After finally allowing me to buy him breakfast, Peter Strople
and I made our way to his
designated corner booth at an Austin, Texas Panera.
The breakfast offering came partly because (for the second day in a row) I had been late in meeting Strople in front of my hotel.
And, even though I felt I owed him an apology and at least breakfast, accepting a free juice (Strople doesn't drink coffee) was not easy for him.
On Saturday mornings, Strople
, a soft-spoken Canadian who played semi-pro hockey in his
youth, uses this particular booth as an epicenter for meetings with everyone from governors and CEOs to students and retired CIA
agents - he
calls all of them friends.
And friendship is something that Strople
In fact, when you ask him how he
describes what he
says, "I'm a good friend."
As we sit down to await the arrival of some local entrepreneurs, Strople
says (without the prompting of any particular question): "I spend most of my time feeling overwhelmed and truly thankful."
pauses and tears begin to well into his
gaze goes out the window next to us and then directly to me: "Mostly, I think, 'Why me?' I'm the most average person I know.
I'm so grateful that someone like you would come down here and spend this much time with someone like me. "
Being a natural cynic, there are a few ways I could interpret this statement:
1. Peter Strople
is prone to flattery and is overdoing it a bit.
2. Peter Strople
is unbalanced or emotionally stressed out.
3. Peter Strople
is a truly humble and sincere person that knows the value of human connection.
Before I spent some time with the man, I would have been prone to assume a mixture of one or two.
But, now I know the answer is the latter.
I had traveled to Austin to spend three days with the "The Most Connected Man in North America" (a title that Strople
has been given by some influential people and, consequently, one that Strople
vehemently rejects "because it is just not reality").
But, all of them had an intimate connection with Strople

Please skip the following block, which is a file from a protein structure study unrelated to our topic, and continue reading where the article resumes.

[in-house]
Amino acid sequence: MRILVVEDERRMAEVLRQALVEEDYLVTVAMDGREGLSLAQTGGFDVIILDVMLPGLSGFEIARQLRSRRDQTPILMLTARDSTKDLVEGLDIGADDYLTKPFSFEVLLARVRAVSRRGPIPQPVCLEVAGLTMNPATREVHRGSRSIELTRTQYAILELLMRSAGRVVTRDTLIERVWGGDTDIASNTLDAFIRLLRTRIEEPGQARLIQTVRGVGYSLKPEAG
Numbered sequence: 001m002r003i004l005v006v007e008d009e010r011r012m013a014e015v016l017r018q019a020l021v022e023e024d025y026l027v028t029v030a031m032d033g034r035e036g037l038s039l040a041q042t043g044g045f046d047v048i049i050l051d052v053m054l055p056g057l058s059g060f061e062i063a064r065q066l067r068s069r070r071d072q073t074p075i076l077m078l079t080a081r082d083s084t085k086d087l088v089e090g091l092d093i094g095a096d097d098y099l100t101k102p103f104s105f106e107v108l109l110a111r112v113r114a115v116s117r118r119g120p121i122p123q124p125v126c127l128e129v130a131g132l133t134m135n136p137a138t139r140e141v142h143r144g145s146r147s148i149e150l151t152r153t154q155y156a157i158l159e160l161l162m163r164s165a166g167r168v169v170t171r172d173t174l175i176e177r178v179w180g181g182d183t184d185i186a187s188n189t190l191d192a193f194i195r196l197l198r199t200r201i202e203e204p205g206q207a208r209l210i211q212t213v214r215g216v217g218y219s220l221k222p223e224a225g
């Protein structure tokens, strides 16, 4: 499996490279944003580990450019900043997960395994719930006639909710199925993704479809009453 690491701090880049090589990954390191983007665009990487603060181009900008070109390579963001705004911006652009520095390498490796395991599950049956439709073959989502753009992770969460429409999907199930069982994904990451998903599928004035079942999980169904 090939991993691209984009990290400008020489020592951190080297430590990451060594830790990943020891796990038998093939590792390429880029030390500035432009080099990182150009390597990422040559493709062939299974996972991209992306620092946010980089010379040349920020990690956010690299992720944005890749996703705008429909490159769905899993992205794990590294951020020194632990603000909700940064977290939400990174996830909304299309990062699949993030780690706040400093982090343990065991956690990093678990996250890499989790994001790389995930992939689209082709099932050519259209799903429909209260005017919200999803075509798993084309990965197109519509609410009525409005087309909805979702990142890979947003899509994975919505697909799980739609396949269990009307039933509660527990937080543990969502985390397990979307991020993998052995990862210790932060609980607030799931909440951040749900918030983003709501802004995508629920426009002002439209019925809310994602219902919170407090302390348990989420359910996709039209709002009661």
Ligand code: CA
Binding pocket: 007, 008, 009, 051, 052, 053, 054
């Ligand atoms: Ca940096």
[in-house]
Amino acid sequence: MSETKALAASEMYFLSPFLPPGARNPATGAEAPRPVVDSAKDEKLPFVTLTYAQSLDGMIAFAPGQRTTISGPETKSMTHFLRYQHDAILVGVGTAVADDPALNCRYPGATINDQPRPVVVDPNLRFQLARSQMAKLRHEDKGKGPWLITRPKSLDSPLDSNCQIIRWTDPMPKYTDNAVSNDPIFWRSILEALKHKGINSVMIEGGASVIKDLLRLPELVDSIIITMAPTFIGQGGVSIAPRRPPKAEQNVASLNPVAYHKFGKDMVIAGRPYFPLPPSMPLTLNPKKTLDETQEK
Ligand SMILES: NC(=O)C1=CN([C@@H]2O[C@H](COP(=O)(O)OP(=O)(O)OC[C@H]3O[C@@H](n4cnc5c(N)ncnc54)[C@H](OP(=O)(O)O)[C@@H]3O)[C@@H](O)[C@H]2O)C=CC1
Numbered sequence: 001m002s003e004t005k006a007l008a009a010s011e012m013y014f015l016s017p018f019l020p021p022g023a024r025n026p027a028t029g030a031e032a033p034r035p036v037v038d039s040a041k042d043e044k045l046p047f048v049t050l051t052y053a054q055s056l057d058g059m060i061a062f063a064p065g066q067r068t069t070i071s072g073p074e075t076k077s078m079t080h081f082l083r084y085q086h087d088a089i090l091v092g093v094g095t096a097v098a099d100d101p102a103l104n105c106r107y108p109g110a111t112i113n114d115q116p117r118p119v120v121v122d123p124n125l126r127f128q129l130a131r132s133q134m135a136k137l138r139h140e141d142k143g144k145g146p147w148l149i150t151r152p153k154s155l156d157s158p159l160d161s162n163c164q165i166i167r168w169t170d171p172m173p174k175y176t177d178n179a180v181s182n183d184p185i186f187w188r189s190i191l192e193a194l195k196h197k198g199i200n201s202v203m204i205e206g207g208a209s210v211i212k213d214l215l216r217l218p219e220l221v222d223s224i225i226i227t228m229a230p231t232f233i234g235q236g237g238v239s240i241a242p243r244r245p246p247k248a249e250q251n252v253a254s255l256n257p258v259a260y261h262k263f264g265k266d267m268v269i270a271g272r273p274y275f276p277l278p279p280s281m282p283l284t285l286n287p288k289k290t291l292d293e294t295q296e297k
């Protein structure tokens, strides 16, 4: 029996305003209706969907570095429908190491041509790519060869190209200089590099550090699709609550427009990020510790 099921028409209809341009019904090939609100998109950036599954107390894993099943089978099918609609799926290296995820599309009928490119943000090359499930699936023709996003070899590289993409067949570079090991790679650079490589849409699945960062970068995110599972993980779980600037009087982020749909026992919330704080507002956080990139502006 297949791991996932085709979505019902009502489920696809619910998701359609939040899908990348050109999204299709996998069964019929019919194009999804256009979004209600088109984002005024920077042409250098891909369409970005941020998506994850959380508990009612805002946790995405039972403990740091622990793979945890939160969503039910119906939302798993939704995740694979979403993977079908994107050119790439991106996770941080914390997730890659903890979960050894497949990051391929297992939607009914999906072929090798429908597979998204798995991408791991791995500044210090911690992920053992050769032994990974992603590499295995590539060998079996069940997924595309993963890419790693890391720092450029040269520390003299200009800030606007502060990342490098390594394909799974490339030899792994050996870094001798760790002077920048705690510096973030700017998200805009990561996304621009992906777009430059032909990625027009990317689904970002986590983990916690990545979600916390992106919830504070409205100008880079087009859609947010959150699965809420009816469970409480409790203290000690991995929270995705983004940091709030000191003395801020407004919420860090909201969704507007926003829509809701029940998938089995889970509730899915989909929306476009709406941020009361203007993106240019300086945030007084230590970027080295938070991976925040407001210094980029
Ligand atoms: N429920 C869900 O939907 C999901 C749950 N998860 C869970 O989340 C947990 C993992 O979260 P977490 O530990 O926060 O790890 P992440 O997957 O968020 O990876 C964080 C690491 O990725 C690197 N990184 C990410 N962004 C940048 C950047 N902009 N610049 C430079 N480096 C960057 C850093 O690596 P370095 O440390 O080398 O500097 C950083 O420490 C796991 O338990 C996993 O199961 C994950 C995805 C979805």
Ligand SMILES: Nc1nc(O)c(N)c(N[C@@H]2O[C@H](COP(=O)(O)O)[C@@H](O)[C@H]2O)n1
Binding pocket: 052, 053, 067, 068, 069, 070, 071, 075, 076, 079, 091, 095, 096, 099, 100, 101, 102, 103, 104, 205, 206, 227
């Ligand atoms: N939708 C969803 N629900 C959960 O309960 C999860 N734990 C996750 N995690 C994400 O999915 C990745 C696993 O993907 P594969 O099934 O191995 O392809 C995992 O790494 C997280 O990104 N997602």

Many used words to describe him that they would normally reserve for their closest family members or even Jesus Christ.
"Peter Strople has helped me to see that there is a place in this world where love can be unconditional," says Suzanne Leonard, CEO of Vanguard, a leadership and speaker's bureau.
and I met with Leonard just one day after Covey's passing.
[Strople] gave me a new definition of humanity and has shown, with his
example, that it is about sharing love, much like the way it is described in the Bible.
is the author of how love and the business world connect."
While Leonard's praise may seem over the top, it is actually an accurate sampling of the way Strople's
friends feel about him.
In this light, the title of "Most Connected Man" is completely suitable for Strople
- despite his
protestations - if connected were to refer to the quality rather than the quantity of connections in his
Also, "Most Connected Man" may be the easiest way to describe Strople
since what he
actually does in terms of a traditional job title is difficult to define.
business card has no title or even company name - just "Peter Strople," phone and email.
is sometimes compensated for ongoing consulting or for new business that results from a connection he
facilitates, and he
has a special program that helps embattled CEOs in crisis (see Instant Change).
However, at any given point in the day, he
is in a meeting or on his
way to a meeting or on the phone in a meeting during a meeting.
is always helping his
friends move their businesses forward and or helping someone out of a problem.
For most this activity, Strople
receives little or no payment - nor does he
"I can't charge someone for something unless I am 100% confident in making an impact," says Strople
"It also goes back to something that Dave Thomas [yes, he
is referring to the founder of Wendy's] said to me, 'How much do you need to live off of, because if you can live comfortably on $100k per year then what impact can you make with anything over that?
So, I spend my time with the people that my friends have referred to me. In 2010, I had over 1400 meetings of which less than 95% ever led to compensation.